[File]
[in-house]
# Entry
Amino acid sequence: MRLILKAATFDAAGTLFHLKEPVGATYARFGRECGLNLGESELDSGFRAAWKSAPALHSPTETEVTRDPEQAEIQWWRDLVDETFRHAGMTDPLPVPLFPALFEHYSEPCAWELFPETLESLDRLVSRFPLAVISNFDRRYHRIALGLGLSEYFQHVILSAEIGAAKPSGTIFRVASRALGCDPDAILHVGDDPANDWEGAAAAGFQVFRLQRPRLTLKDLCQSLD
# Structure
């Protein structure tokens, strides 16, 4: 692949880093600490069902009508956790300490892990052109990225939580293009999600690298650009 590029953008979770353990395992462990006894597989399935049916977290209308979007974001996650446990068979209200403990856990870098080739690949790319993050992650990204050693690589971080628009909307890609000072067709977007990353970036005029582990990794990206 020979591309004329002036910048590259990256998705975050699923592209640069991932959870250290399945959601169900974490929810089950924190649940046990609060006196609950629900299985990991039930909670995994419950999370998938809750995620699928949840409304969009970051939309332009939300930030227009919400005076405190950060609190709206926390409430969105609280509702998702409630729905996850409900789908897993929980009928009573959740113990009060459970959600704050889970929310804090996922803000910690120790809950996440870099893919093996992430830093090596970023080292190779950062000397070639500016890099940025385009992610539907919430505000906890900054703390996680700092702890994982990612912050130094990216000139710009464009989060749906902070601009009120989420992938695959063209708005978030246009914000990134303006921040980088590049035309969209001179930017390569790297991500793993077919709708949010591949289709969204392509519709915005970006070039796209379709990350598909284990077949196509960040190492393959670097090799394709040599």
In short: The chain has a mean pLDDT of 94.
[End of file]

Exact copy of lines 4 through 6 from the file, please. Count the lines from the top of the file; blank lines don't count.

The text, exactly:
# Structure
């Protein structure tokens, strides 16, 4: 692949880093600490069902009508956790300490892990052109990225939580293009999600690298650009 590029953008979770353990395992462990006894597989399935049916977290209308979007974001996650446990068979209200403990856990870098080739690949790319993050992650990204050693690589971080628009909307890609000072067709977007990353970036005029582990990794990206 020979591309004329002036910048590259990256998705975050699923592209640069991932959870250290399945959601169900974490929810089950924190649940046990609060006196609950629900299985990991039930909670995994419950999370998938809750995620699928949840409304969009970051939309332009939300930030227009919400005076405190950060609190709206926390409430969105609280509702998702409630729905996850409900789908897993929980009928009573959740113990009060459970959600704050889970929310804090996922803000910690120790809950996440870099893919093996992430830093090596970023080292190779950062000397070639500016890099940025385009992610539907919430505000906890900054703390996680700092702890994982990612912050130094990216000139710009464009989060749906902070601009009120989420992938695959063209708005978030246009914000990134303006921040980088590049035309969209001179930017390569790297991500793993077919709708949010591949289709969204392509519709915005970006070039796209379709990350598909284990077949196509960040190492393959670097090799394709040599």
In short: The chain has a mean pLDDT of 94.